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A Star Coach is Born

Photo by Dan Avila

ENERGETIC and innovative Paul Hackett, a one-time USC assistant coach who has been on coaching staffs that have won a national championship in college and a Super Bowl in the pros, was named USC’s head football coach on Dec. 17, 1997.
He replaced John Robinson, who was relieved of his duties after five seasons at USC. Hackett, who was the offensive coordinator for the Kansas City Chiefs prior to coming to USC, officially started with the Trojans on Jan. 8, 1998, at the conclusion of the Chiefs’ 1997 season. He signed a five-year contract with Troy.
The 51-year-old Hackett, seen as one of the game’s most progressive offensive coaches, has 29 years of experience as a college and professional assistant and head coach. He has tutored some of football’s top players – including Joe Montana, Marcus Allen, Jerry Rice, Andre Rison, Tony Dorsett, Steve Bartkowski, Charles White, Brian Sipe, Herschel Walker, Danny White, Dwight Clark and Vince Evans – and worked under such head coaches as Bill Walsh, Tom Landry, Marty Schottenheimer and Robinson.

“Rebuilding is not part of my philosophy. We are planning and expecting to win.”
With Hackett serving as the offensive coordinator at Kansas City for the past five years (1993-97), the Chiefs advanced to the NFL playoffs in four of those years, including the 1997 season, when they captured the AFC West title with an AFC-best regular season record of 13-3 (with wins in their last six regular season contests).
Before that, he was at the University of Pittsburgh (1989-92), the first season as the quarterbacks coach and then three seasons as the Panthers’ head coach (posting a 13-20-1 record). He actually took over the head coach-ing reins prior to the 1989 John Hancock Bowl, a 31-28 win over Texas A&M. Pitt was eighth nationally in total offense and passing offense in 1992, and Panther quarterback Alex Van Pelt ranked in the NCAA’s Top 10 in total offense in 1991 and 1992.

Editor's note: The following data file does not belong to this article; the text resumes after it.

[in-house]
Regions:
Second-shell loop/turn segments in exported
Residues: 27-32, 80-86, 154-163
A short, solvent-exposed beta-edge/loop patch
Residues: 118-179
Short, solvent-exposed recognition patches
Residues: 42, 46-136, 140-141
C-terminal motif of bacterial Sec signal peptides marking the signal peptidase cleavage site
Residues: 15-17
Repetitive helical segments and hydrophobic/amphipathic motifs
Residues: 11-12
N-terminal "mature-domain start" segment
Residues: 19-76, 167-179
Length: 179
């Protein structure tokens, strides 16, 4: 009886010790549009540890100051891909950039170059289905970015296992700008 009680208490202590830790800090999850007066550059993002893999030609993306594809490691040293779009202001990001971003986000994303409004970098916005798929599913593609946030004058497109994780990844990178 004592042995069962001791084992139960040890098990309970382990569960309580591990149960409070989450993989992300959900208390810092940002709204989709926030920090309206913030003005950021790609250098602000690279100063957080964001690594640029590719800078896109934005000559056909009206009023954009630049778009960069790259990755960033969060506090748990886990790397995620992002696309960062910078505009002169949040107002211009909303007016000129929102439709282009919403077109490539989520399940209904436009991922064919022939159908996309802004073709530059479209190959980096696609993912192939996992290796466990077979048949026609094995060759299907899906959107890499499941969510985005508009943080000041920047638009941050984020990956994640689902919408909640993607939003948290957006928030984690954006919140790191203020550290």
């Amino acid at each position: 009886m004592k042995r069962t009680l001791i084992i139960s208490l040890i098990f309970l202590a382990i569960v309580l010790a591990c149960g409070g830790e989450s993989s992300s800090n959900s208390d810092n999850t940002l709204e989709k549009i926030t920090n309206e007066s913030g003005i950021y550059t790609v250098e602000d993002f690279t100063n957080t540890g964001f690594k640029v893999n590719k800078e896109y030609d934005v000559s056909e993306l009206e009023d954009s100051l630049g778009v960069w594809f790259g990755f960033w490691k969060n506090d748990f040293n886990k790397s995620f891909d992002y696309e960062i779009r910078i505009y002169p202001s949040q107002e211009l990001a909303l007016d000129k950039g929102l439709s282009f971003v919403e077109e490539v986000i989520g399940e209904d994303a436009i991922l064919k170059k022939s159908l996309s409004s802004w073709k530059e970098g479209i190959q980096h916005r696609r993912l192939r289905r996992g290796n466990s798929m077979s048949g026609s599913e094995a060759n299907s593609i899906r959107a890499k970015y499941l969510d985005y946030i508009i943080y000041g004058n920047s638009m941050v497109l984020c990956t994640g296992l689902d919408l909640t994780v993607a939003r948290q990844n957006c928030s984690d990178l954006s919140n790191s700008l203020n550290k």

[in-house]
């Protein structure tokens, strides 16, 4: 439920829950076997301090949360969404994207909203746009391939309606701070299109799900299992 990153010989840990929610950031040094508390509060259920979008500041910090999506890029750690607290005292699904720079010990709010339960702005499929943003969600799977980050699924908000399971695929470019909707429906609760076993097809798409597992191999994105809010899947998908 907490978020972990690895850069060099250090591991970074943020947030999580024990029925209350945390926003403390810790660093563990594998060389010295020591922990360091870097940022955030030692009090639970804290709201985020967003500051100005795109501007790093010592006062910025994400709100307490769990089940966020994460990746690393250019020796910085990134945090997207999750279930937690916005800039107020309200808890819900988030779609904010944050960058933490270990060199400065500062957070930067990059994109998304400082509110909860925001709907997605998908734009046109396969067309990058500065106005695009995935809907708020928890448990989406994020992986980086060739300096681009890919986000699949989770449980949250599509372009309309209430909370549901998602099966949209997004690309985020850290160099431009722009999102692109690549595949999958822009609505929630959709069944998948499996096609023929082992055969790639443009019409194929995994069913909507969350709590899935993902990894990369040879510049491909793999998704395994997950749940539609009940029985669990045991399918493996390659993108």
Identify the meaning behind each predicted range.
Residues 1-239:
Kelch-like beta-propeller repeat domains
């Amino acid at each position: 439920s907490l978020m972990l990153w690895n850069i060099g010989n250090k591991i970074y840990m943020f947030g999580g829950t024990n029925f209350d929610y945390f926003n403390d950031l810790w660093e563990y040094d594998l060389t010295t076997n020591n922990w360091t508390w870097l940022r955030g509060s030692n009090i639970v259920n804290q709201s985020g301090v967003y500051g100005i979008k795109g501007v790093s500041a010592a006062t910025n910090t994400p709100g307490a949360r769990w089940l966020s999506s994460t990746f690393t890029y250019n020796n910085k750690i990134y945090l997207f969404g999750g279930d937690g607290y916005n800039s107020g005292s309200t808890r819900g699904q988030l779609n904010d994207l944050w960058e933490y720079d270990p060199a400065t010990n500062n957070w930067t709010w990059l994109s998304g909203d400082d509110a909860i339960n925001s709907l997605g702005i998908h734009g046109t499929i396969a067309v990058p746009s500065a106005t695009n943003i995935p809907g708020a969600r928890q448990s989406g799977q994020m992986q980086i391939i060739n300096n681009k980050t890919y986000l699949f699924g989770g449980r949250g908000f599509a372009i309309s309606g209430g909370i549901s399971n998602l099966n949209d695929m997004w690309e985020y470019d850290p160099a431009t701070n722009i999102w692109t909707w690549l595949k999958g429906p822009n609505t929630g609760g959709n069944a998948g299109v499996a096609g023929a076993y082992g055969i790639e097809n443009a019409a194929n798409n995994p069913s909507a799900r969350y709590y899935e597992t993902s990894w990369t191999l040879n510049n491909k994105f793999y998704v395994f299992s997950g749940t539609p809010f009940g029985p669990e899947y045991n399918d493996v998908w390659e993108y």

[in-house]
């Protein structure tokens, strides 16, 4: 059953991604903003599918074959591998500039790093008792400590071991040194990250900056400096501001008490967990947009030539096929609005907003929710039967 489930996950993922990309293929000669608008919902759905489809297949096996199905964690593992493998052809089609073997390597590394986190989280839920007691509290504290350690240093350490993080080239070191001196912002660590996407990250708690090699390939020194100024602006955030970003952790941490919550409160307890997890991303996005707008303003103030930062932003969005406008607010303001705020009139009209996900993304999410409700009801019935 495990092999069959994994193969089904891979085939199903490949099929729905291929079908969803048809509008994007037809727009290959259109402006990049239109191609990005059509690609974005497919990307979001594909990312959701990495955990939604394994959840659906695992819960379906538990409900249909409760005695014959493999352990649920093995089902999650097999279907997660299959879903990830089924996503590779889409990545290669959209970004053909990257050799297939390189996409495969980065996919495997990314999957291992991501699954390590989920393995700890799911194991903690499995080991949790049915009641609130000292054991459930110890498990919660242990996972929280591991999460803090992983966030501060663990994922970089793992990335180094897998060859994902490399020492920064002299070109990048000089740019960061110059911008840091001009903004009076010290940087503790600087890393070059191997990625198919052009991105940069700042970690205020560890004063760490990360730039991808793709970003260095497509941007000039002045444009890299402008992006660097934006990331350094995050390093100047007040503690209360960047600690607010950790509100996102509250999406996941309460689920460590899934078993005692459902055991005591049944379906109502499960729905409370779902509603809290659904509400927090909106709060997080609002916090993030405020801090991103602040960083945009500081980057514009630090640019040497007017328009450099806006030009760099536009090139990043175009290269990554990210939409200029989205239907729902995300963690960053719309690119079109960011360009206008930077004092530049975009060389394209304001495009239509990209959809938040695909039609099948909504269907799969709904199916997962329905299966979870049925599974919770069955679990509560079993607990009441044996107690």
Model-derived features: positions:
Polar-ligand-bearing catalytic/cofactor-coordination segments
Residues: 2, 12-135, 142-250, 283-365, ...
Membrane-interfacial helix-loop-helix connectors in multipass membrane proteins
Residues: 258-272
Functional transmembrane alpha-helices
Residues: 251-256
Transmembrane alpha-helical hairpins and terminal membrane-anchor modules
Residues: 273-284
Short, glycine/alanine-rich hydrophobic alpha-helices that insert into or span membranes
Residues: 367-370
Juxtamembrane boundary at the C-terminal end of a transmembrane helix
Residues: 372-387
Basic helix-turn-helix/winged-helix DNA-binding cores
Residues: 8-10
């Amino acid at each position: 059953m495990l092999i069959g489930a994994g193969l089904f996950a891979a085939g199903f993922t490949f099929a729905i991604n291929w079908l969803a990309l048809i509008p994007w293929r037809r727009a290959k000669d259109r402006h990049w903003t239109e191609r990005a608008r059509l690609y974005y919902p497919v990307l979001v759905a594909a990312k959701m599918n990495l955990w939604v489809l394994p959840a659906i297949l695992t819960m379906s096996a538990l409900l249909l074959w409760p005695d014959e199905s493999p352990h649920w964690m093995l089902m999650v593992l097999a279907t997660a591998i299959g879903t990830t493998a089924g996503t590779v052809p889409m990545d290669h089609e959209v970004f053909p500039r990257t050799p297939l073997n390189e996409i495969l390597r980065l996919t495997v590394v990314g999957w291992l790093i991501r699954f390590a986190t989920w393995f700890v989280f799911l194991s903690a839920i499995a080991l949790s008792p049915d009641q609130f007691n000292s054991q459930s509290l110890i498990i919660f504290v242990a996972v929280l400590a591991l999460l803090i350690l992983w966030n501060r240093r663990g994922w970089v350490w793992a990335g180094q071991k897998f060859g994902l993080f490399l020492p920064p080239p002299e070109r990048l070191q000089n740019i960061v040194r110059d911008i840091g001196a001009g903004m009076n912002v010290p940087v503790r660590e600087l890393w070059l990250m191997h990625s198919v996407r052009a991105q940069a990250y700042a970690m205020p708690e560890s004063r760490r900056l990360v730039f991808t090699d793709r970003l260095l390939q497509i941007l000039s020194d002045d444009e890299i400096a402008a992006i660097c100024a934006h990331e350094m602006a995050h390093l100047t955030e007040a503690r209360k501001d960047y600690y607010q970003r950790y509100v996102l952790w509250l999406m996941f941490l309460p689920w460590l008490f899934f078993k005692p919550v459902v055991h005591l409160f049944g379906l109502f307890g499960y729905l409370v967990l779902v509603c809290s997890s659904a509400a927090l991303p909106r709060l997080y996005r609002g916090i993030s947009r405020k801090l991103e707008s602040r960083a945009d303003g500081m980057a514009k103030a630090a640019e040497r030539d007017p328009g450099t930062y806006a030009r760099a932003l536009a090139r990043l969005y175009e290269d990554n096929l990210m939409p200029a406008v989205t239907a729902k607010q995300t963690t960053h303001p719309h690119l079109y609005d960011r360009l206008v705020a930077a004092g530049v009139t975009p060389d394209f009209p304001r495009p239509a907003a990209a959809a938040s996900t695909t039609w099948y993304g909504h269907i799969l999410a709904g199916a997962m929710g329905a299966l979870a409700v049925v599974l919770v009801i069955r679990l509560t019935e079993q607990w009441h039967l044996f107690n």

HACKETT BEGAN his coaching career at his alma mater, UC Davis, in 1969, assisting the fresh-men in the first year and then directing them to a 13-0 mark over the next two seasons.
He then was an assistant at California for four years (1972-75), the first season as a graduate assistant, the next as the receivers coach (tutoring Golden Bear greats Wesley Walker and Steve Rivera) and the final two as the quarterbacks coach. Bartkowski was the NFL’s No. 1 draft pick after being the NCAA’s leading passer as an All-American in 1974 and the late Joe Roth led the Pac-8 in passing and total offense the following year while directing the NCAA’s top-ranked offense.
Then, at age 29, he moved to USC for five years (1976-80), where under Robinson he was in charge of the quarterbacks and receivers for the first two years and the quarterbacks and passing game the final three years. During his Trojan tenure, USC was the 1978 national champion, won four bowl games (including three Rose Bowls), posted a 50-8-2 record and produced a Heisman Trophy winner (Charles White). Among his quarterbacks, Evans was the MVP of the 1977 Rose Bowl, Paul McDonald was a 1979 All-American first teamer while setting 17 NCAA, Pac-10 and USC records, and Rob Hertel established a pair of USC marks. Wide receiver Randy Simmrin also set two USC records under Hackett.
Hackett began his pro coaching career as quarterbacks coach with the Cleveland Browns for two seasons (1981-82). He next was the quarterbacks and receivers coach with the San Francisco 49ers for three years (1983-85). The 49ers won Super Bowl XIX in the 1984 season. He then became the pass offense coordinator with the Dallas Cowboys for three years (1986-88) before returning to the college ranks at Pitt.

“Our main strength is our experience on defense, particularly in the secondary,” Hackett says. “Offensively, there is an excitement of the unknown, of who will come to the front in key positions.”
As a college player, Hackett started at quarterback for three years at UC Davis (1966-68). He led the Far Western Confer-ence in passing as a senior while earning All-Conference first team honors. After starting out as a pre-med major, he received his bachelor’s degree in history from UC Davis in 1969.

THE SON OF A biochemistry professor father, the late David (who taught at California after receiving his doctorate from Harvard), and a mother, Sarah, who was a nurse, Hackett played football (quarterback), basketball and baseball at Miramonte High in Orinda, Calif., in the Bay Area.
He was born on July 5, 1947, in Burlington, Vt., sharing a birthday with former USC head coach John McKay. He and his wife, Elizabeth (they met as students at UC Davis), have two sons, David, 26, and Nathaniel, 18. David played on the 1988 Texas Division III state football champion while at Carroll High in Southlake, Texas. Nathaniel is a freshman on UC Davis’ football team.
As a hobby, Hackett collects old juke boxes filled with 1950s and 1960s rock ’n’ roll. A rock music fan, he sat in the front row at the final Beatles concert, held in 1966 in Candlestick Park in San Francisco.

A Star Coach is Born

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